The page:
(How many times can I use the word lack in a paragraph...?)
The main four characters that entered the town of Salvation at the end of the last book: Deuce, Fade, Tegan and Stalker, are all there but have all been separated out into different "foster" homes. Some with more success than others. Fade isn't talking to Deuce and she has no clue why. Tegan is also avoiding her but she thinks she might have figured out the reason for that one. And Stalker...is just Stalker, and nothing seems to phase him and no town's rules will ever truly determine his actions. I've never really said what I think of Stalker. I am a bit conflicted on him, to be honest. His past actions are horrendous to me, but much like Deuce he's a product of his upbringing. He lived wild with his "wolves," more like animals than people, so I'm trying to keep that in mind and not be too hard on him. If Deuce can understand this about him, I should be able to too.
The town is pretty insistent that the new arrivals conform to their rules. Rules which would dictate that Deuce is now back in the "child" category even though in her former life she was an adult, and also that girls are suppose to wear dresses, sew, be pretty, bake, look nice, clean, be demure and polite. All things which Deuce is not and doesn't want to do, of course. She a Huntress, and as it turns out, the town might just need a Huntress a helluva lot more than it needs another pretty girl in a pretty dress.
I found some parts of this book a little slower than book one, if I'm honest, but the ending was excellent and quite moving. I'll definitely be picking up the next one to see how that all progresses from here.
I'm going to assume that if you're reading a review for book 13 in a series, you already are familiar with it and thereforeAnother great read by Robb
I'm going to assume that if you're reading a review for book 13 in a series, you already are familiar with it and therefore don't need me to go into what these books are about—just whether or not this one was any good.
It was good. Very good, actually.
We got some progress on the McNab-Peabody situation (two more stubborn people I have never met), and of course Charles as well.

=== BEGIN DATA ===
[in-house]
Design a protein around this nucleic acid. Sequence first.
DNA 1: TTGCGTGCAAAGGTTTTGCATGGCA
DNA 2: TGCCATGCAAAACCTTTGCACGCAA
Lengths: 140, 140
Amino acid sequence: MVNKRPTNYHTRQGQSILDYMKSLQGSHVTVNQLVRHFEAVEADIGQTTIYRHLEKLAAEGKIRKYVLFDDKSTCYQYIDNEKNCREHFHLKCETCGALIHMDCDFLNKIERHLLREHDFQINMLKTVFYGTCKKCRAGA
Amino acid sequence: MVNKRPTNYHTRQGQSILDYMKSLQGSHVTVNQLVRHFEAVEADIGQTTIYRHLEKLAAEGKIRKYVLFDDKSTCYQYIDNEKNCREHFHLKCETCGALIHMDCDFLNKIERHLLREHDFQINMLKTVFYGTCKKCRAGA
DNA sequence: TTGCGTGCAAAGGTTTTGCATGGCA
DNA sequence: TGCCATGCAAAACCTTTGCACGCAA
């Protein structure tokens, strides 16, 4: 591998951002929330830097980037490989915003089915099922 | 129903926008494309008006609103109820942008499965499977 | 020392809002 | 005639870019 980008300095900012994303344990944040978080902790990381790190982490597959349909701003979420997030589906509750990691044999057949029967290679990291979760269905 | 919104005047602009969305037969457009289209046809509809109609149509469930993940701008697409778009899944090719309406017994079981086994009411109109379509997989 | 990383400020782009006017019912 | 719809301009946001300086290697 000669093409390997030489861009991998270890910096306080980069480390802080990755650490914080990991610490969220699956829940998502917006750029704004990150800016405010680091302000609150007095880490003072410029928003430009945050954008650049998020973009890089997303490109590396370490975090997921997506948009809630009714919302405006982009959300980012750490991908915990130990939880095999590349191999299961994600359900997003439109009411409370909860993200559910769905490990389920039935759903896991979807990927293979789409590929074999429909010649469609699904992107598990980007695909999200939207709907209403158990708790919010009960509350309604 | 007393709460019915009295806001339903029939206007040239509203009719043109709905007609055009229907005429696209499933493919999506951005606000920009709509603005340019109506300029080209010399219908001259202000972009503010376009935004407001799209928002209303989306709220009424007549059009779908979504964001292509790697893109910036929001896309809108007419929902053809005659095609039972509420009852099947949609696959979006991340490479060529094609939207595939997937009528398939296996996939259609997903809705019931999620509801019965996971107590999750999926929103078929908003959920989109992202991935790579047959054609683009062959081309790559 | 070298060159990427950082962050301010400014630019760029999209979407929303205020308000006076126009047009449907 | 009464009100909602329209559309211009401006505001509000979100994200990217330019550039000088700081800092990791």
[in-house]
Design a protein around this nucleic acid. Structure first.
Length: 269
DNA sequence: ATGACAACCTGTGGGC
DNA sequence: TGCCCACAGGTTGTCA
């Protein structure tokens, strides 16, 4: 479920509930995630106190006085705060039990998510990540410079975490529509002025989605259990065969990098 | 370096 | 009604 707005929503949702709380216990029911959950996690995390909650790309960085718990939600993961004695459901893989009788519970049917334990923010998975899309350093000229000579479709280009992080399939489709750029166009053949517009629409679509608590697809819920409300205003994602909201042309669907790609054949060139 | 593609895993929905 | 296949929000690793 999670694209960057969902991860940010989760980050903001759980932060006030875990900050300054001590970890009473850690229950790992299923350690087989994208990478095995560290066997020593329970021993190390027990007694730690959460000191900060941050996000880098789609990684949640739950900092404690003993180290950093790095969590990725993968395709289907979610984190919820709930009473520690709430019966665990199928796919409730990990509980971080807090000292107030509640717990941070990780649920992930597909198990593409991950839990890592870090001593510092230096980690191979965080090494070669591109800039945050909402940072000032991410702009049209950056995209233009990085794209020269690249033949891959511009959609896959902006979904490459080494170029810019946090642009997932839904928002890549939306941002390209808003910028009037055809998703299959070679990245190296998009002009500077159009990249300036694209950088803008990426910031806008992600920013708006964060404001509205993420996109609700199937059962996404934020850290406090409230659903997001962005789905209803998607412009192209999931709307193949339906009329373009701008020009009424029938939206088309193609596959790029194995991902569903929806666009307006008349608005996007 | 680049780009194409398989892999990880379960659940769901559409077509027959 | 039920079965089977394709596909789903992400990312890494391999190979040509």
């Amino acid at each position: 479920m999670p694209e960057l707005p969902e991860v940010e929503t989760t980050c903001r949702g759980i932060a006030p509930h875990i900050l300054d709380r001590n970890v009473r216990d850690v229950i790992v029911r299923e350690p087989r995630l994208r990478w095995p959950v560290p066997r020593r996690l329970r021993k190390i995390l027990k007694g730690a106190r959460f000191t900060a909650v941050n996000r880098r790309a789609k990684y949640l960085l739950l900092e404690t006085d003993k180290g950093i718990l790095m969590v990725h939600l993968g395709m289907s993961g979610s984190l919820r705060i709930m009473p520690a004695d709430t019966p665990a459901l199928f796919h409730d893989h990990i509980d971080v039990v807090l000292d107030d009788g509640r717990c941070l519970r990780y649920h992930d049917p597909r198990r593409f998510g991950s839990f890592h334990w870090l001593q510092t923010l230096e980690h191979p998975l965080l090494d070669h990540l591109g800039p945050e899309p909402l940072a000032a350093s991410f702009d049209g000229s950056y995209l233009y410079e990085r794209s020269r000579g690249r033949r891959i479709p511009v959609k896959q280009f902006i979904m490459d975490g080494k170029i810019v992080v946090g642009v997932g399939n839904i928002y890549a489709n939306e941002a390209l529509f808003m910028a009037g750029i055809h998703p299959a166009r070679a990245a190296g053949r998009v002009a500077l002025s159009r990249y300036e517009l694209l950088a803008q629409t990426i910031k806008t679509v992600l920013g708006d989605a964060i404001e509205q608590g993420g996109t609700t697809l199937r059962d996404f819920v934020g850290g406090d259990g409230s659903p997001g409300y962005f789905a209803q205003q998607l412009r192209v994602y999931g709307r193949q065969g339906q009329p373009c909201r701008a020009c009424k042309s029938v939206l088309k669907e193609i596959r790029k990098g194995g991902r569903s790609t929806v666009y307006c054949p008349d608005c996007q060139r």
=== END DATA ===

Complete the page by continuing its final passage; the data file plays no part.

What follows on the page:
We got some nice scenes with Eve and Roarke. I love how much he worries about Eve when she runs herself into the ground. It's been about a year in book-time since the pair wed now. They are such a great couple.
We got an interesting method of delivery for the crime in that we had knowledge of the killer's games and even their identity way before Eve did. That was different but good. Even though being in a sicko's mind like that is never a fun place to be.
As always, I love reading about how the future technology either helps or hinders Eve in her investigations. In this instance, it was the use of facial putty, synthetic hair and other futuristic enhancements that enabled characters to look totally different and it was very enjoyable to read. ('cause you all know how much Eve loves visits from Trina the beauty technician, right?)
It was another great Audio production as well, with one caveat—
seems to have totally changed how she does Peabody's voice. It used to sound quite nasally and, well, a bit odd, but now she sounds just like Eve which makes it difficult when they are conversing since Robb isn't one for using he said/she said in her rapid-fire dialogue sections. Are you trying to confuse me, Susan, because I will not be bamboozled, dognammit!
I'd seen many favourable reviews for this book before reading it myself, which is always a dangerous thing. Hype and hoopla surrounding a book can often lead to high expectations not being met. And although this wasn't quite as mind-blowing as I'd hoped it would be, it was still a very good, very well-written read, and has great potential for future plots.
I loved the whole idea of the different factions and how it forces our young characters to examine their own personalities and decide exactly what kind of person they want to be. The system initially seems to work well, although it's odd to our eyes, but soon cracks begin to show and insurrection seems inevitable.
There were a couple of great characters in there, including the main one, Tris, a girl with unique qualities and a great sense of honour, as well as others that were not quite as well fleshed out as they could have been.
It's quite a violent world for ones so young, but anyone who's read the Hunger Games will be accustomed to reading about those type of things by now. And they are also handled realistically here, which I appreciated.